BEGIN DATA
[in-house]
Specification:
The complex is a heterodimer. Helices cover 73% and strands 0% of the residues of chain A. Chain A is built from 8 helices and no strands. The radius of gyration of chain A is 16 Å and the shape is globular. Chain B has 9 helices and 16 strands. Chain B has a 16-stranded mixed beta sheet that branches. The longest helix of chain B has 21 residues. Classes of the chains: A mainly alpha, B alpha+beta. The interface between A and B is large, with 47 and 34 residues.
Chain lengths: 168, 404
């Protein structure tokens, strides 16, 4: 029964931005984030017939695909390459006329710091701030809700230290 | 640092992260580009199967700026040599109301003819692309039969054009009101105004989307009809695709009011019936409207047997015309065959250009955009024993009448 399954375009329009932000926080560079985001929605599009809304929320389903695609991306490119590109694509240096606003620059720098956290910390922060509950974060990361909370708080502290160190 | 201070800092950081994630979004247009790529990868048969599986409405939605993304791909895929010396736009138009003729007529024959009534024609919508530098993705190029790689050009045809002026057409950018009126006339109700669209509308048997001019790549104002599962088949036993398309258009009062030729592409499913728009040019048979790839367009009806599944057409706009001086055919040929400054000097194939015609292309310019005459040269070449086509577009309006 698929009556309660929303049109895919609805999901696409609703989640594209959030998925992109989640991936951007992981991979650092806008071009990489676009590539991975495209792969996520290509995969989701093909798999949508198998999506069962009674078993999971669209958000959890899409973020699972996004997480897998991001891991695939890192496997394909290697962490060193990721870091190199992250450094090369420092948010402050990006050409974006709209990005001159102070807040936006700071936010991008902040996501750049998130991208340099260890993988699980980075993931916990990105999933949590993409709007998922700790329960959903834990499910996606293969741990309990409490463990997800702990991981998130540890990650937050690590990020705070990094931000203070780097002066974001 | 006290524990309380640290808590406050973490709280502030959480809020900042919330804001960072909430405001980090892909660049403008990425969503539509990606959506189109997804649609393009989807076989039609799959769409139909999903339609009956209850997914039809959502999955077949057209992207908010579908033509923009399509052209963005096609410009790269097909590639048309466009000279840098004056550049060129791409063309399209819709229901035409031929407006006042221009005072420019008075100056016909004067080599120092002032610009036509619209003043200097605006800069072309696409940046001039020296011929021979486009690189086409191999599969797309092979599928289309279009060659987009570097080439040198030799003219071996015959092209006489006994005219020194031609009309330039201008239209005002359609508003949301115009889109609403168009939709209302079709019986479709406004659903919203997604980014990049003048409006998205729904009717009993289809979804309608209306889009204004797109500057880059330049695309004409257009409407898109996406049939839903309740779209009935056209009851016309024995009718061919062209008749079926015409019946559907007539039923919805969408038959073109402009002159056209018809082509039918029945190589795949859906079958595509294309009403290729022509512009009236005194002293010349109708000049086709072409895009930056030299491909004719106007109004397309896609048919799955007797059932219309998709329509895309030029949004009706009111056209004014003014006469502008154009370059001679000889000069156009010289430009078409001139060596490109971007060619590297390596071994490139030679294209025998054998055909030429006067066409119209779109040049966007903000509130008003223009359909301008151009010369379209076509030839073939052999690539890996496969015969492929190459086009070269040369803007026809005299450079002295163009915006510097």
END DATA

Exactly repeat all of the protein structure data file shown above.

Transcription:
[in-house]
Specification:
The complex is a heterodimer. Helices cover 73% and strands 0% of the residues of chain A. Chain A is built from 8 helices and no strands. The radius of gyration of chain A is 16 Å and the shape is globular. Chain B has 9 helices and 16 strands. Chain B has a 16-stranded mixed beta sheet that branches. The longest helix of chain B has 21 residues. Classes of the chains: A mainly alpha, B alpha+beta. The interface between A and B is large, with 47 and 34 residues.
Chain lengths: 168, 404
């Protein structure tokens, strides 16, 4: 029964931005984030017939695909390459006329710091701030809700230290 | 640092992260580009199967700026040599109301003819692309039969054009009101105004989307009809695709009011019936409207047997015309065959250009955009024993009448 399954375009329009932000926080560079985001929605599009809304929320389903695609991306490119590109694509240096606003620059720098956290910390922060509950974060990361909370708080502290160190 | 201070800092950081994630979004247009790529990868048969599986409405939605993304791909895929010396736009138009003729007529024959009534024609919508530098993705190029790689050009045809002026057409950018009126006339109700669209509308048997001019790549104002599962088949036993398309258009009062030729592409499913728009040019048979790839367009009806599944057409706009001086055919040929400054000097194939015609292309310019005459040269070449086509577009309006 698929009556309660929303049109895919609805999901696409609703989640594209959030998925992109989640991936951007992981991979650092806008071009990489676009590539991975495209792969996520290509995969989701093909798999949508198998999506069962009674078993999971669209958000959890899409973020699972996004997480897998991001891991695939890192496997394909290697962490060193990721870091190199992250450094090369420092948010402050990006050409974006709209990005001159102070807040936006700071936010991008902040996501750049998130991208340099260890993988699980980075993931916990990105999933949590993409709007998922700790329960959903834990499910996606293969741990309990409490463990997800702990991981998130540890990650937050690590990020705070990094931000203070780097002066974001 | 006290524990309380640290808590406050973490709280502030959480809020900042919330804001960072909430405001980090892909660049403008990425969503539509990606959506189109997804649609393009989807076989039609799959769409139909999903339609009956209850997914039809959502999955077949057209992207908010579908033509923009399509052209963005096609410009790269097909590639048309466009000279840098004056550049060129791409063309399209819709229901035409031929407006006042221009005072420019008075100056016909004067080599120092002032610009036509619209003043200097605006800069072309696409940046001039020296011929021979486009690189086409191999599969797309092979599928289309279009060659987009570097080439040198030799003219071996015959092209006489006994005219020194031609009309330039201008239209005002359609508003949301115009889109609403168009939709209302079709019986479709406004659903919203997604980014990049003048409006998205729904009717009993289809979804309608209306889009204004797109500057880059330049695309004409257009409407898109996406049939839903309740779209009935056209009851016309024995009718061919062209008749079926015409019946559907007539039923919805969408038959073109402009002159056209018809082509039918029945190589795949859906079958595509294309009403290729022509512009009236005194002293010349109708000049086709072409895009930056030299491909004719106007109004397309896609048919799955007797059932219309998709329509895309030029949004009706009111056209004014003014006469502008154009370059001679000889000069156009010289430009078409001139060596490109971007060619590297390596071994490139030679294209025998054998055909030429006067066409119209779109040049966007903000509130008003223009359909301008151009010369379209076509030839073939052999690539890996496969015969492929190459086009070269040369803007026809005299450079002295163009915006510097």